The Honourable Lisa Raitt,
Minister of Labour
the Nation Day of Mourning
April 28, 2010
Good morning. Today is a day of significance for all Canadians, as we gather here at Vincent Massey Park to remember workers who have lost their lives or have been injured on the job.
On behalf of the Government of Canada, I extend my sympathies to Canadian families and friends who have lost loved ones on the job. No words can take away their sorrow.
The best way to pay tribute to those we remember today is to continue to strive for safer and healthier workplaces through continued education, cooperation and action.
We all have a responsibility to ensure workplace safety. Employers, unions and governments must continue to raise awareness of occupational hazards, inform workers of their rights and support them to always work safely.
To this end, we must also extend our actions to the issue of workplace safety and youth. We know that young people may be more likely to underestimate risks, especially in large operations.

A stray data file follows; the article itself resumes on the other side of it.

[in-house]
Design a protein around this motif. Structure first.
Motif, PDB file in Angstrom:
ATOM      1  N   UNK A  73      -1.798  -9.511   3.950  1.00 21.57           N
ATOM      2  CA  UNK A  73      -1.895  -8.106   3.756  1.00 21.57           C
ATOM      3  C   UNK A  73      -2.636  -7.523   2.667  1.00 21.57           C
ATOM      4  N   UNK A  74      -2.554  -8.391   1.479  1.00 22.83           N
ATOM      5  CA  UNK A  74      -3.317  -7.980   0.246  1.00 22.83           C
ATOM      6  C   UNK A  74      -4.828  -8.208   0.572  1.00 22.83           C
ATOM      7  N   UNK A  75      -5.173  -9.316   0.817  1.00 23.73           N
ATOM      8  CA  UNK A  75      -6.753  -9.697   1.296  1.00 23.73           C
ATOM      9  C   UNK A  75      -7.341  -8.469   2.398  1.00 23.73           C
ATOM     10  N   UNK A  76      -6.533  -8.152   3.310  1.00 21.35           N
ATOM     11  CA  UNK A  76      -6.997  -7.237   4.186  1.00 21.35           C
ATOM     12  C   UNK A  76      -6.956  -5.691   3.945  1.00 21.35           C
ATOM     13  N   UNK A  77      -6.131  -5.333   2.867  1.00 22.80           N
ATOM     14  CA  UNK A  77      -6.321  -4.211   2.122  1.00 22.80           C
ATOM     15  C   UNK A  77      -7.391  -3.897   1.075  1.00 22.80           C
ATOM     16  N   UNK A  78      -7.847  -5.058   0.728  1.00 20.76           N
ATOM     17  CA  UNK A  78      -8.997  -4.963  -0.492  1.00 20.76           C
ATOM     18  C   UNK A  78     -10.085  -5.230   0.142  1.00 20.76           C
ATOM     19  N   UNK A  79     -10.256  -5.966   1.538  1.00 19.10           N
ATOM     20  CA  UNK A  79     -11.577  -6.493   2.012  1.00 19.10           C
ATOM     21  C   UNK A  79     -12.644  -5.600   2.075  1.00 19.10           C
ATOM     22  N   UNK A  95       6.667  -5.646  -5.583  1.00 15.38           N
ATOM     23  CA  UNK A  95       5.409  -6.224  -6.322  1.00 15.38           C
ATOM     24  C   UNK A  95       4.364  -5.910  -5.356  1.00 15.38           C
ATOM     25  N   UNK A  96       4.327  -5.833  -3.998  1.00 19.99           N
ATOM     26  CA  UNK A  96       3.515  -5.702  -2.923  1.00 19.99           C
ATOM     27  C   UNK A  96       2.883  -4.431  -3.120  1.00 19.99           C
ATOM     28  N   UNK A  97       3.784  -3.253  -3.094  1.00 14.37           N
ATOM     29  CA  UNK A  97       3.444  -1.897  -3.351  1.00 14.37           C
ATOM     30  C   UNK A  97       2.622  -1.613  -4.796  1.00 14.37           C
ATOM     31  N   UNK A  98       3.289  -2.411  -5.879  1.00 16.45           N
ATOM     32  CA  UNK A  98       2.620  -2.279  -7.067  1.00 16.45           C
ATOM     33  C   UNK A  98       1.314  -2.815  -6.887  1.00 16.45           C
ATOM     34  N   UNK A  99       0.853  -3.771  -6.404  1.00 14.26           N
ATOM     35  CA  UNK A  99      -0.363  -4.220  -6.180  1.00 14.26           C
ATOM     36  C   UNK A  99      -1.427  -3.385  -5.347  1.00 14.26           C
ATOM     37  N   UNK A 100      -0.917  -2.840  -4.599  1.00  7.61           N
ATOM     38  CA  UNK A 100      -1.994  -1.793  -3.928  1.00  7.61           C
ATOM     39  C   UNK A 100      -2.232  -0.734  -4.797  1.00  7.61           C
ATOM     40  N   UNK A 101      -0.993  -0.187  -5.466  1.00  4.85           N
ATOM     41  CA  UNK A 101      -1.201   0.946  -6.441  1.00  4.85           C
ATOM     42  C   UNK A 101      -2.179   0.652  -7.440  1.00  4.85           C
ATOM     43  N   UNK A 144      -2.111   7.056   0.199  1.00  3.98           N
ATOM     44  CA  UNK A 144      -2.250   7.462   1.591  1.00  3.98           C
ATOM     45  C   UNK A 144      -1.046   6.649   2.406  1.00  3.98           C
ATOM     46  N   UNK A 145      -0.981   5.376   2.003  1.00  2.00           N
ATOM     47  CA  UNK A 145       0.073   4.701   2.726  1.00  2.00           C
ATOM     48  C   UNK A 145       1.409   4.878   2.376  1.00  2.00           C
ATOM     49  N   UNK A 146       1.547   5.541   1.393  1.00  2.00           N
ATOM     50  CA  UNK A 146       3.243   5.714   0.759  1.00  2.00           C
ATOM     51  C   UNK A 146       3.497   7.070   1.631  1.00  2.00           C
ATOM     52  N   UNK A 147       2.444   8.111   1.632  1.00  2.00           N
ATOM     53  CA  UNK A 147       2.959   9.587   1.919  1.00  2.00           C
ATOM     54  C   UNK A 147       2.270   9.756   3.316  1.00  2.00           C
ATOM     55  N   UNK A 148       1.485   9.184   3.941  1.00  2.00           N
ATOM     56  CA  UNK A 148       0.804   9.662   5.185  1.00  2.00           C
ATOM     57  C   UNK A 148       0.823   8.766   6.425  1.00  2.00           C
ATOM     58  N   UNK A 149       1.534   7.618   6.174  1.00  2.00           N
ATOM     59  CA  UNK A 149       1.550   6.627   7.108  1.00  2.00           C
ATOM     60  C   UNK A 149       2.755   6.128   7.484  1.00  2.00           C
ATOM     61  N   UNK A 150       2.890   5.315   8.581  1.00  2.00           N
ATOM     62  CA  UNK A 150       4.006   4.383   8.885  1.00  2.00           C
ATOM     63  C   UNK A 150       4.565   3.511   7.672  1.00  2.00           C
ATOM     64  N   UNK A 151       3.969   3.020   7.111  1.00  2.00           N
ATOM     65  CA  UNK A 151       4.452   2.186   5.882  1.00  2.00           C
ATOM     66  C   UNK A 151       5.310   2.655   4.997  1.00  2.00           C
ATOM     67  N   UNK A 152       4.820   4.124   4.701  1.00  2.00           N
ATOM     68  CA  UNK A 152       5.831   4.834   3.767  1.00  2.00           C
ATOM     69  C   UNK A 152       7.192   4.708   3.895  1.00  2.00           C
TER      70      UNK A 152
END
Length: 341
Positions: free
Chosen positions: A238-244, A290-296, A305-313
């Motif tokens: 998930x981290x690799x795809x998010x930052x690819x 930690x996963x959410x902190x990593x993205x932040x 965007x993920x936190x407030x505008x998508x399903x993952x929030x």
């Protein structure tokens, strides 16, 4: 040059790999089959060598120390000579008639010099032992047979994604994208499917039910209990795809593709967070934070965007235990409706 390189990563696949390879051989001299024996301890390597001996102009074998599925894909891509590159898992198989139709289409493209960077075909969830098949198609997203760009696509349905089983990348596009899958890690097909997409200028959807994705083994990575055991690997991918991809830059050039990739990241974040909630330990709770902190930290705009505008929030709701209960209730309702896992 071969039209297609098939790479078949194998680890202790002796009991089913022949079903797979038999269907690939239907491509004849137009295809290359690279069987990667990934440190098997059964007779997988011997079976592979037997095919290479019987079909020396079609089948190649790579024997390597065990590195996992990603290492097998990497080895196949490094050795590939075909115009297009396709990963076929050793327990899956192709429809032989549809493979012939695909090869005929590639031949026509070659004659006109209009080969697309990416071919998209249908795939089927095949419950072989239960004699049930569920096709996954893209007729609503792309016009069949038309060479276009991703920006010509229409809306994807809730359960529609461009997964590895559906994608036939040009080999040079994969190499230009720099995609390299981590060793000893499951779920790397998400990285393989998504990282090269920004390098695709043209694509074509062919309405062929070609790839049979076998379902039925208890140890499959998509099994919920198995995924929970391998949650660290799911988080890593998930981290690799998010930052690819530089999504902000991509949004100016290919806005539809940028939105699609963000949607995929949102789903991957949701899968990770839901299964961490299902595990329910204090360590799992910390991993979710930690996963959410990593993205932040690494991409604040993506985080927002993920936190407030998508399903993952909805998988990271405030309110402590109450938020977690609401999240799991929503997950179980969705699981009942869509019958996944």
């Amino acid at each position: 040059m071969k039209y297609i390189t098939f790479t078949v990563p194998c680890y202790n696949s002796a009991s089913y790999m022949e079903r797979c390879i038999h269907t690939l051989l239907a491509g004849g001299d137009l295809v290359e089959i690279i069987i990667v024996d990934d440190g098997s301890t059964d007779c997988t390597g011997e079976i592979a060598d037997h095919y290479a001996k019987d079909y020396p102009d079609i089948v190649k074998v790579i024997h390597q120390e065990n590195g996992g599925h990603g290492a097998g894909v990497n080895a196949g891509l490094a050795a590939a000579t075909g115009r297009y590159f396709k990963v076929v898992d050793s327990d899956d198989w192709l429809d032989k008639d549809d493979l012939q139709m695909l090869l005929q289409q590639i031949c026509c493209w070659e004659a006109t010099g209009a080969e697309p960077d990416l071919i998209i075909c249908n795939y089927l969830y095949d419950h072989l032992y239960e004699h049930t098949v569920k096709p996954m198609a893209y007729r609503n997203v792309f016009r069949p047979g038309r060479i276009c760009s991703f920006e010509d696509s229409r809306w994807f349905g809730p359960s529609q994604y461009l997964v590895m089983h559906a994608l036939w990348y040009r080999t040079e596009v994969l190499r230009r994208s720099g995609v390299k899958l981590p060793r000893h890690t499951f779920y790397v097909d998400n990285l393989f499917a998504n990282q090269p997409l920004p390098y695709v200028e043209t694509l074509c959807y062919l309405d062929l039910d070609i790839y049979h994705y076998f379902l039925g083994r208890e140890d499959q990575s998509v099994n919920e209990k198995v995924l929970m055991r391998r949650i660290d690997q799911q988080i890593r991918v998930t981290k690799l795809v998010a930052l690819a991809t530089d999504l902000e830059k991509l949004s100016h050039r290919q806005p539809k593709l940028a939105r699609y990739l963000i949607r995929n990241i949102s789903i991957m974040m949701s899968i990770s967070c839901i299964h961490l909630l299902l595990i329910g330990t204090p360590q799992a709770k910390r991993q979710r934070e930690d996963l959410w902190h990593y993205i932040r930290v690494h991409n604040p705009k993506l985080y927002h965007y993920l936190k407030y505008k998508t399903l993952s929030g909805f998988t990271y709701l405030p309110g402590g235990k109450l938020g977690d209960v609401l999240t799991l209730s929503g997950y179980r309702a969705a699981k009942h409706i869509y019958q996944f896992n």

And when they first enter the workplace, students may be much less likely to challenge a supervisor if a work situation seems hazardous.
So we have to make sure collectively that when our sons and our daughters—in my case, my sons—first enter the labour market, they’re provided with safe work environments, and they’re aware of their right to speak if they feel the workplace presents a danger.
Safe, healthy workplaces benefit all of us, and our government is committed to work with parents, employers, and unions to ensure that we first and foremost protect the personal safety of our citizens.
With the importance of health and safety in mind, next week will mark North American Occupational Safety and Health Week—whose theme for this year is “How Safe Are You?” Events are being held throughout North America, and I encourage you to be a part of activities in your area.
I would like to commend the Canadian Labour Congress and the Ottawa District Labour Council for organizing the National Day of Mourning ceremony every year. It is with continued commitment such as yours that we can make some progress at reducing workplace injuries.
The National Day of Mourning reminds us of the need to redouble our efforts to ensure that all Canadians can return home safe and sound after their work day.
I am honoured to be a part of today’s ceremonies.
Thank you for inviting me.